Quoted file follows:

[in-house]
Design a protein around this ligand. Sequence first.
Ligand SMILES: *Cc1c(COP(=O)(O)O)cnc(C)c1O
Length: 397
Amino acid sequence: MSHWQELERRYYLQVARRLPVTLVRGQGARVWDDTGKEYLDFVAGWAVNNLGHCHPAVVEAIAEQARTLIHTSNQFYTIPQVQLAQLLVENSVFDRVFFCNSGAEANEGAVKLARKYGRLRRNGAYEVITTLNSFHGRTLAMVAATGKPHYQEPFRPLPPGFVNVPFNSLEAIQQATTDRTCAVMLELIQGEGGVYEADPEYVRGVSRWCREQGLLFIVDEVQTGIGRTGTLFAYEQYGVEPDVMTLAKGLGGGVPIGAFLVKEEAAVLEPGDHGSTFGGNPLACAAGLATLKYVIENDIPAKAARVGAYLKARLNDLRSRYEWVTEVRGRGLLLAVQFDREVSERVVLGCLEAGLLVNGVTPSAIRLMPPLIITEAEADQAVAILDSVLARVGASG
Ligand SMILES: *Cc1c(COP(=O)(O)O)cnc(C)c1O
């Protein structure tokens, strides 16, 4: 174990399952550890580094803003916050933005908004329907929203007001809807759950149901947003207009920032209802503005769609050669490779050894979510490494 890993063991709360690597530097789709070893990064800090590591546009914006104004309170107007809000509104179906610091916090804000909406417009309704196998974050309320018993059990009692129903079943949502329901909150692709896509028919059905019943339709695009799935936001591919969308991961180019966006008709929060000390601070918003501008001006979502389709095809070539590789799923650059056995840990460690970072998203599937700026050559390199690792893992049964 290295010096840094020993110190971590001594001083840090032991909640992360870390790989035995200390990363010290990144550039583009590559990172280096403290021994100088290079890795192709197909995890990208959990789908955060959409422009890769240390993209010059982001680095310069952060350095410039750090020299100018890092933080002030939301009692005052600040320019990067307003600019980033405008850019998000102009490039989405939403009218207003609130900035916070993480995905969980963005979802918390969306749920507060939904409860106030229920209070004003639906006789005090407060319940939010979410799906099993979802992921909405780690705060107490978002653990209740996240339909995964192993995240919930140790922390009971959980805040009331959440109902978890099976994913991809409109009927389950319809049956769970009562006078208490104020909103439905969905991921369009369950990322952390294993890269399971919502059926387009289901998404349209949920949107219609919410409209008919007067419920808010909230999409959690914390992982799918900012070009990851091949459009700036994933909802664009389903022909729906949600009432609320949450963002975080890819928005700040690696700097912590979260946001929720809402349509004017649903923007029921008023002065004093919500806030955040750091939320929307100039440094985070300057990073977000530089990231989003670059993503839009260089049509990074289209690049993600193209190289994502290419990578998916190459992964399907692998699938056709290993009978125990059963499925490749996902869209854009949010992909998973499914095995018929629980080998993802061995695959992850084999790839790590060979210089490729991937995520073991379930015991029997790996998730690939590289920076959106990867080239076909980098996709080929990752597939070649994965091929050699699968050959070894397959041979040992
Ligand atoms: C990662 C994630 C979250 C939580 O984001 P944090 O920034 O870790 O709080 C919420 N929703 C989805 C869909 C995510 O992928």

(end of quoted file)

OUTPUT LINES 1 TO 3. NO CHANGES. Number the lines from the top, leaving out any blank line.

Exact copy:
[in-house]
Design a protein around this ligand. Sequence first.
Ligand SMILES: *Cc1c(COP(=O)(O)O)cnc(C)c1O